Time to prepare: what you should consider before leaving military life

Leaving the world of the military is a terrifying business. Outside of combat, servicing vehicles or making major deals for munitions, civilian life can seem completely alien.

Think of the film The Deer Hunter. A hopeless and desolate comment on the Vietnam War, it features Robert DeNiro as a disillusioned solider returning from Nam to the sleepy backwoods of rural America.

Damaged from the war, every activity seems so bland and lacking in danger compared to the outside world.

Your life, even if you have served on the battlefield, probably isn’t quite as dramatic as this maudlin film from the 70s, but you might still struggle to acclimatize to the outside world away from mega tanks and disciplined routines.

Civilian life requires a different skillset than military life – but your average nine-to-five job can also benefit hugely from the transferable skills you’ve learned during your service.

With that in mind, we’ve come up with a few ways to help you adjust before you leave the army.


It can be tempting to believe that time in the army will teach you all you need in life – but that simply isn’t the case.

While you might be able to change a tyre in the burning heat of a desert in the Middle East, can you be a successful manager on a shop floor, or inspire the confidence of a group of workshy employees during an eight-hour shift?

These soft skills and more can be taught while you’re in the military – but only from outside sources.

Courses for the army are now being provided by a number of distance learning establishments, allowing you to study while you’re on active duty in foreign lands – or chilling out in a barracks back home.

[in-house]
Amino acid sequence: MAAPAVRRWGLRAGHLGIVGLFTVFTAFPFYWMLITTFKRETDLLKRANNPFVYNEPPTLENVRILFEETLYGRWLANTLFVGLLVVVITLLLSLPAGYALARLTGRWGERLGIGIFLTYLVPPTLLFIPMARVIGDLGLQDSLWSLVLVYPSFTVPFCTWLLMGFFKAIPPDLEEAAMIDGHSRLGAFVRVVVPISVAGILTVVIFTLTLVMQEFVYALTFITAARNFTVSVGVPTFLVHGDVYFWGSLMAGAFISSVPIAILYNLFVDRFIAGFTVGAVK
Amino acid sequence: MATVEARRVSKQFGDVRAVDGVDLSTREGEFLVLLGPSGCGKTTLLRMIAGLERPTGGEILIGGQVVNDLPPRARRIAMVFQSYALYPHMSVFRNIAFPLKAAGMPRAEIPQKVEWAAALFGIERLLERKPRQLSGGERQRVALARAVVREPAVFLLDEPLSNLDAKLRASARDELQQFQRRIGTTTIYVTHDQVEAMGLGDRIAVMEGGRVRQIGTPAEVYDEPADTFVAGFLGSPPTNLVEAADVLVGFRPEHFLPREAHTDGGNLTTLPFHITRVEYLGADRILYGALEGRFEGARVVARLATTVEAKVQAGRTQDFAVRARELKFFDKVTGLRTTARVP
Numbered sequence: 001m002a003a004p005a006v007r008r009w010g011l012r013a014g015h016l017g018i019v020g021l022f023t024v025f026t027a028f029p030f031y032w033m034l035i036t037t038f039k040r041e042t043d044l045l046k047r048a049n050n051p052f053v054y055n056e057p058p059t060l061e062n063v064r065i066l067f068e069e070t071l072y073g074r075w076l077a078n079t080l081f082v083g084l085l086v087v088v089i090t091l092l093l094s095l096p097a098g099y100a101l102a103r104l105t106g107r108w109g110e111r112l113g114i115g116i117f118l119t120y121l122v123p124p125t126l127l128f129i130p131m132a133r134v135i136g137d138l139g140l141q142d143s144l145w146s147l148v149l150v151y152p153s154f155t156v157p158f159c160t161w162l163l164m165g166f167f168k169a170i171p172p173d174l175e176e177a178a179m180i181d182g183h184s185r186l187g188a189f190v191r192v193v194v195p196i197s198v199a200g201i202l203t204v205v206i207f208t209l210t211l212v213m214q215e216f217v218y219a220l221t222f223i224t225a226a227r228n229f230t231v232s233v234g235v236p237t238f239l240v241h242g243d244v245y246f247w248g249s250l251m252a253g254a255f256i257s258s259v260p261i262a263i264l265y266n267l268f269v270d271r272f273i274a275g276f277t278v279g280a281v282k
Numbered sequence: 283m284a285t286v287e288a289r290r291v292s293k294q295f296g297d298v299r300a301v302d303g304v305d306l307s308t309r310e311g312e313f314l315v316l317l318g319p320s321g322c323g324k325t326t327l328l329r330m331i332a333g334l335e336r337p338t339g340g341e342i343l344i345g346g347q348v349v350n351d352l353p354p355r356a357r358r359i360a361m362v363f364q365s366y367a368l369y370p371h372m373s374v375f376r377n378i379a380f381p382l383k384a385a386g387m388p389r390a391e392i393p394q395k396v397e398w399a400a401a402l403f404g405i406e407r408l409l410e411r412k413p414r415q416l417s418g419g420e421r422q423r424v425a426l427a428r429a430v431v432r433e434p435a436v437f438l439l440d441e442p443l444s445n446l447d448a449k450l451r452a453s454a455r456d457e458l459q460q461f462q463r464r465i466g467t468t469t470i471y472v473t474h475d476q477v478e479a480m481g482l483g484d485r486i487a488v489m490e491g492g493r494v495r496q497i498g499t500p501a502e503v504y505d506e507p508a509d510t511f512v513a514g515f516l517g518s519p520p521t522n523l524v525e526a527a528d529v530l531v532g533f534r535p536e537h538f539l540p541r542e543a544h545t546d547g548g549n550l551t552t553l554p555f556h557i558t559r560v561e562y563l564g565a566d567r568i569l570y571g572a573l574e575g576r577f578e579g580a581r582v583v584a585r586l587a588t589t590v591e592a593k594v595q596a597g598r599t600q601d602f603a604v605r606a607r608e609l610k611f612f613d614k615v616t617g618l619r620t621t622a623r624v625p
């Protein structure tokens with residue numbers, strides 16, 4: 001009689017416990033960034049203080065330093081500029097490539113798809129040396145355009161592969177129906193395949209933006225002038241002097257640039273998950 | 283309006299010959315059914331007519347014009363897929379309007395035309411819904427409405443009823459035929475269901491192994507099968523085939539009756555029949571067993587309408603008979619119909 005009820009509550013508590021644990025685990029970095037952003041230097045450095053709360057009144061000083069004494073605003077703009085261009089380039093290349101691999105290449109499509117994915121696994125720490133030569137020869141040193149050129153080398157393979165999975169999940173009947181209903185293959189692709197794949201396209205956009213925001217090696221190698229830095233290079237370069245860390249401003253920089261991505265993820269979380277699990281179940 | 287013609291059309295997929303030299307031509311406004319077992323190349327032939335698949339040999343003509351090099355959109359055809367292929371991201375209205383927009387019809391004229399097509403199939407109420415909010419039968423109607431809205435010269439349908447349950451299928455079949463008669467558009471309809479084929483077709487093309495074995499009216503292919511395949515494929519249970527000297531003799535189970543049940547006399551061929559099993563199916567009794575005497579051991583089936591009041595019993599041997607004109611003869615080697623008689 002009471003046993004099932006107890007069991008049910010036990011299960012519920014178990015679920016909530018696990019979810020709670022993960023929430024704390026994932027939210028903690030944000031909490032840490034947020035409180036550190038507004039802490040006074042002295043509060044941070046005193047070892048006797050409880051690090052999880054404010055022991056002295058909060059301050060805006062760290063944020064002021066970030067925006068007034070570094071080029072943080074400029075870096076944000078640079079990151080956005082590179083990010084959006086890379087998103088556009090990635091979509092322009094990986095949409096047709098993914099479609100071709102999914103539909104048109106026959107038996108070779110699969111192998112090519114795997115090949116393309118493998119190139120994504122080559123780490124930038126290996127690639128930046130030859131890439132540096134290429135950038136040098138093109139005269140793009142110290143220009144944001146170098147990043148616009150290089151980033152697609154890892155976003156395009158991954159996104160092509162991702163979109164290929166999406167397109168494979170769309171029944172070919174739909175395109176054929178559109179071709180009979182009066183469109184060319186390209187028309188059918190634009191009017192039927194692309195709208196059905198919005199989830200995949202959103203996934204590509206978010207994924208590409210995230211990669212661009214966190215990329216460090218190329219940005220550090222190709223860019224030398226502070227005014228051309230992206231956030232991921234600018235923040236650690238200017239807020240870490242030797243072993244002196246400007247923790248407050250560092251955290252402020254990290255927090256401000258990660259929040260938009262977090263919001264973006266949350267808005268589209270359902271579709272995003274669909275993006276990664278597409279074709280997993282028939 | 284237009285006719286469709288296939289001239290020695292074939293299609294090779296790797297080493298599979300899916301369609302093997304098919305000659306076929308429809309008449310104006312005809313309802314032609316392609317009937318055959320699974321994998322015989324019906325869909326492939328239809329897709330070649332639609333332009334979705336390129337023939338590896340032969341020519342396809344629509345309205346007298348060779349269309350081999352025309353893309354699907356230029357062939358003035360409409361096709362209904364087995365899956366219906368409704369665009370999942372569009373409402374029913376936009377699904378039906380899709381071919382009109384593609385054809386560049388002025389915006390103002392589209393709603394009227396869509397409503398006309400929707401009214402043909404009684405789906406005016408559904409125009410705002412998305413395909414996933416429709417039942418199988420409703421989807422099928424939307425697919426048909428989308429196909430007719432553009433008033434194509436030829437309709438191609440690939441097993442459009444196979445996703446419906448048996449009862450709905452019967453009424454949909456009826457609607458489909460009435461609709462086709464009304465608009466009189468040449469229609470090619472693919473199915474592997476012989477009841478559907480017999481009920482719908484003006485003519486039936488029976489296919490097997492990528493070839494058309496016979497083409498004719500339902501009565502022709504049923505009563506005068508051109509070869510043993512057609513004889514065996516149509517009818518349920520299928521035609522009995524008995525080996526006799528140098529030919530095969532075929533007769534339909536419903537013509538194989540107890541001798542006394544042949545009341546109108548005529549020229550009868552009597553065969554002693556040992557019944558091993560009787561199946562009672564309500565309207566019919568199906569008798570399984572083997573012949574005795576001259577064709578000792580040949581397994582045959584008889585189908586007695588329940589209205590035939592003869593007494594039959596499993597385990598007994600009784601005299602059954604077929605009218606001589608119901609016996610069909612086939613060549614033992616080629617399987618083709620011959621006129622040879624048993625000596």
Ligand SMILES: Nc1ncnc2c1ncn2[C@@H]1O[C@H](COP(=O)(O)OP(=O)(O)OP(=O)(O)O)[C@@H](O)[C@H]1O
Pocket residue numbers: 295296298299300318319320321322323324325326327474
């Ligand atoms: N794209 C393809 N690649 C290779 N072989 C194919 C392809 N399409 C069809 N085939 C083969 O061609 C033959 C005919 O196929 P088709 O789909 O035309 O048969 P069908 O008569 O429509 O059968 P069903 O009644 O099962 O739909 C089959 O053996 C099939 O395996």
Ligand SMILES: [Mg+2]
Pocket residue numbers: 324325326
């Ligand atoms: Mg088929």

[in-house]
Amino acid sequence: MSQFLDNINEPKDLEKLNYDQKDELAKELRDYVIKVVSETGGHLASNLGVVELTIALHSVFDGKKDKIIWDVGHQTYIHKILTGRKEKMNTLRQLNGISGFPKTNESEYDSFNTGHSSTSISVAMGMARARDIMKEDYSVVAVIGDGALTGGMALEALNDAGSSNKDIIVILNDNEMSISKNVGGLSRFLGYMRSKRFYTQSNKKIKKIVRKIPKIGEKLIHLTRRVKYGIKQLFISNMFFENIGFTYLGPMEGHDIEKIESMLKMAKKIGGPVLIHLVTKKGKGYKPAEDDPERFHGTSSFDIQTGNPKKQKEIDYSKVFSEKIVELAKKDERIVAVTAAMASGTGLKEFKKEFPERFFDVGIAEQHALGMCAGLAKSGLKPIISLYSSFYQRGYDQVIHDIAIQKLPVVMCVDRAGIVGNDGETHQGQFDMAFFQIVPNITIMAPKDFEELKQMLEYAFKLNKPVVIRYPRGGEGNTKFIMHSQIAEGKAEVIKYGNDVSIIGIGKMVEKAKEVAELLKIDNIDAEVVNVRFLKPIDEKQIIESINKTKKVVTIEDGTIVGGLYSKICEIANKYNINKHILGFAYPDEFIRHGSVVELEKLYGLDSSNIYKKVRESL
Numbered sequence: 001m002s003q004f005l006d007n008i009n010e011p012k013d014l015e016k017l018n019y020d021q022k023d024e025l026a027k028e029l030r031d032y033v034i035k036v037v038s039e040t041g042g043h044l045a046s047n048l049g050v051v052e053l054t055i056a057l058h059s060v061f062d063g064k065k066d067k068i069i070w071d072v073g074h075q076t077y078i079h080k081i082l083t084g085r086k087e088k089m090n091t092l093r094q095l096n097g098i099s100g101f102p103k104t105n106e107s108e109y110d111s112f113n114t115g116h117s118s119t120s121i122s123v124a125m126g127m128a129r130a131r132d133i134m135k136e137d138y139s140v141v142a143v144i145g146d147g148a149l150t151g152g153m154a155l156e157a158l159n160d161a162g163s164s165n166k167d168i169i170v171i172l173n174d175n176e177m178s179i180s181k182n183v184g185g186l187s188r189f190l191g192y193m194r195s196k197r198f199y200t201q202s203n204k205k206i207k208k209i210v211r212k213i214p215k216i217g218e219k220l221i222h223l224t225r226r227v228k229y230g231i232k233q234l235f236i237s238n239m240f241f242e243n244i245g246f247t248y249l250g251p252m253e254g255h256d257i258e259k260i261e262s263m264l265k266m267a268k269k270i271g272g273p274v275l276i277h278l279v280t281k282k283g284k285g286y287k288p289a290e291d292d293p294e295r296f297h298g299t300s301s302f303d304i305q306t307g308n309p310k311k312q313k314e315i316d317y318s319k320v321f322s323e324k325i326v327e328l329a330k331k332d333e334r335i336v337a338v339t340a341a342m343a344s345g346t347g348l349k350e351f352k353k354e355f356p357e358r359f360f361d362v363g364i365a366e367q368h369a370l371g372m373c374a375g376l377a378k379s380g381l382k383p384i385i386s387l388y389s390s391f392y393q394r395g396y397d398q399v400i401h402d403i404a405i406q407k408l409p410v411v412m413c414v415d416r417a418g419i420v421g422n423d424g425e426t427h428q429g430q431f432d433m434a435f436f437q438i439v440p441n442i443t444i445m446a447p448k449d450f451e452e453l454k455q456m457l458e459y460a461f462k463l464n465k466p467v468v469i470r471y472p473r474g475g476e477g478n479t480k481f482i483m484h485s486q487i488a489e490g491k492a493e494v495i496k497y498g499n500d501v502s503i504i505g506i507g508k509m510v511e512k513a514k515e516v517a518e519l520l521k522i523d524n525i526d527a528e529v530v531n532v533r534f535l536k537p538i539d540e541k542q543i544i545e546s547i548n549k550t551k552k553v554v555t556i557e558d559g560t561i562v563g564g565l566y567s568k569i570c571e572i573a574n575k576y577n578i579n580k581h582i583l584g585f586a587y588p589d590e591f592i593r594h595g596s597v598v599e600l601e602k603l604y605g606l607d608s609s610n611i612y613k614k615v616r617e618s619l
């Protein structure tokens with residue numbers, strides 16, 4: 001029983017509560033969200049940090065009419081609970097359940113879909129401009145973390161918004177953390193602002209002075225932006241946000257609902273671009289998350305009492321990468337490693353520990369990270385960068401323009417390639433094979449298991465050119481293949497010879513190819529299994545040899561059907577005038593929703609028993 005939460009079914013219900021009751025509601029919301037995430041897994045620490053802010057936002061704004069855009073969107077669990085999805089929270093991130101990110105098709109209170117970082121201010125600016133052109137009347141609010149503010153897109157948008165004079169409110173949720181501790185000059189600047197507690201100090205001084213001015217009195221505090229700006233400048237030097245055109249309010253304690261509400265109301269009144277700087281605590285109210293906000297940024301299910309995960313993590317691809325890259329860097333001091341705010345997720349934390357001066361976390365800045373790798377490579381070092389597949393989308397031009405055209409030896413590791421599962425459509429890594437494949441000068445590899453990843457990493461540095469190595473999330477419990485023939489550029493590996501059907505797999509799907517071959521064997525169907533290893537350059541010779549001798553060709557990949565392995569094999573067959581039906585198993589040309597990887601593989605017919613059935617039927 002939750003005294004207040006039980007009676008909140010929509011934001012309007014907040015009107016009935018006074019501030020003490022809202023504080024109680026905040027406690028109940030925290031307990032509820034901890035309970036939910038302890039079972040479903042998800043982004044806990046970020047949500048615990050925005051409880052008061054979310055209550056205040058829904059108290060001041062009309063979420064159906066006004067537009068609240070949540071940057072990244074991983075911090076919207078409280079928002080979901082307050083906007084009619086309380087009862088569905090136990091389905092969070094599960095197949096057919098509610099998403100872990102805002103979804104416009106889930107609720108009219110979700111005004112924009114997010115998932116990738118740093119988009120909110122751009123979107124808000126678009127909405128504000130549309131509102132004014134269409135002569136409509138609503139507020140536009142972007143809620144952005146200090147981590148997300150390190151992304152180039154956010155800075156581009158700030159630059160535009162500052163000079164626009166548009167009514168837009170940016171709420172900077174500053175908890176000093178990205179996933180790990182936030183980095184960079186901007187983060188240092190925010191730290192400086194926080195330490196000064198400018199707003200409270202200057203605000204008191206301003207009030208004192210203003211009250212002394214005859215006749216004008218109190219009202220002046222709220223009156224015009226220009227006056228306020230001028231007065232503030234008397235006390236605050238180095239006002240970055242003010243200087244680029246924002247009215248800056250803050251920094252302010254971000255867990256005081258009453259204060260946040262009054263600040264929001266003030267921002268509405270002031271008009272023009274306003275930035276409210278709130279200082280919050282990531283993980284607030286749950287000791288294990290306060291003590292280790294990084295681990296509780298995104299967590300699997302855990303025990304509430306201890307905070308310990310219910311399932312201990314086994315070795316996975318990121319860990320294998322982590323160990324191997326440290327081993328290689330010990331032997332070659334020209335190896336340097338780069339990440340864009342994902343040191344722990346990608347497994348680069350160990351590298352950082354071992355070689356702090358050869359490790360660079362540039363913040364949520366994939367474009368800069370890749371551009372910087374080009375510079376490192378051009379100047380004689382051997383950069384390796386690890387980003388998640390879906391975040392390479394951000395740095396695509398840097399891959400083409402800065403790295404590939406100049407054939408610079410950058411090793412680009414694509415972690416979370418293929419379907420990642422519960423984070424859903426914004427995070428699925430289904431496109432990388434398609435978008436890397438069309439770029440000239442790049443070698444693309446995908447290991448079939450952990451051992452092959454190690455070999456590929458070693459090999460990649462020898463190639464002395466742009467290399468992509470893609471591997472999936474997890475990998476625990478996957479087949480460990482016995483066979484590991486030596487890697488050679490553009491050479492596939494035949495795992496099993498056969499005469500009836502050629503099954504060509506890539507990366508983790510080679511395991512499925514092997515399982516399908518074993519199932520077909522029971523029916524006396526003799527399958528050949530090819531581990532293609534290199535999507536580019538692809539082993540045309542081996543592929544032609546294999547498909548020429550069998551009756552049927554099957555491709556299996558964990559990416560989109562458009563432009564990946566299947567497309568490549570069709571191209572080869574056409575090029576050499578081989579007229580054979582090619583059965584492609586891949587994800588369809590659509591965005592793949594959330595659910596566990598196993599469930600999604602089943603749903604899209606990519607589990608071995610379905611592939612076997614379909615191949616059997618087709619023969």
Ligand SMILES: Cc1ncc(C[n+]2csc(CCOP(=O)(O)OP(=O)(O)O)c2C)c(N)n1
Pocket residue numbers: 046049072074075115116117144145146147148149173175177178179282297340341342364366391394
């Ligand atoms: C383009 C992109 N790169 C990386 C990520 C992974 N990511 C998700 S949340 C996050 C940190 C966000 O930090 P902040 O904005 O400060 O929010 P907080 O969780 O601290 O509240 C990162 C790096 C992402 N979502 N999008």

These skills can inform your military life as well as your time in the outside world, so give them some research and sign yourself up.


Get yourself connected isn’t just a fantastic song by the Stereo MCs – it’s also the most effective way to procure a job in the outside world.

If you’re nearing the end of service, start sending out emails to prospective employers and contractors as soon as possible.

They might just be speculative, but that doesn’t matter. What does matter is that you’ve made yourself known? When a job does present itself with an employer, you’ll be on record as having expressed an interest.

Start planning your finances

The last thing you want upon leaving the military is to struggle with your finances. It’s a problem that numerous ex-servicemen and women have fallen into, which is why so many end up on the streets.

Consult a financial planner while you’re still in active service. This will give you the chance to figure out some major monetary issues, like savings, private pensions and (if you’re planning on settling down the straightaway) your chances of getting a mortgage.

These aren’t the only challenges facing the modern military serviceperson. If you can think of any more, let us know in the comments below.

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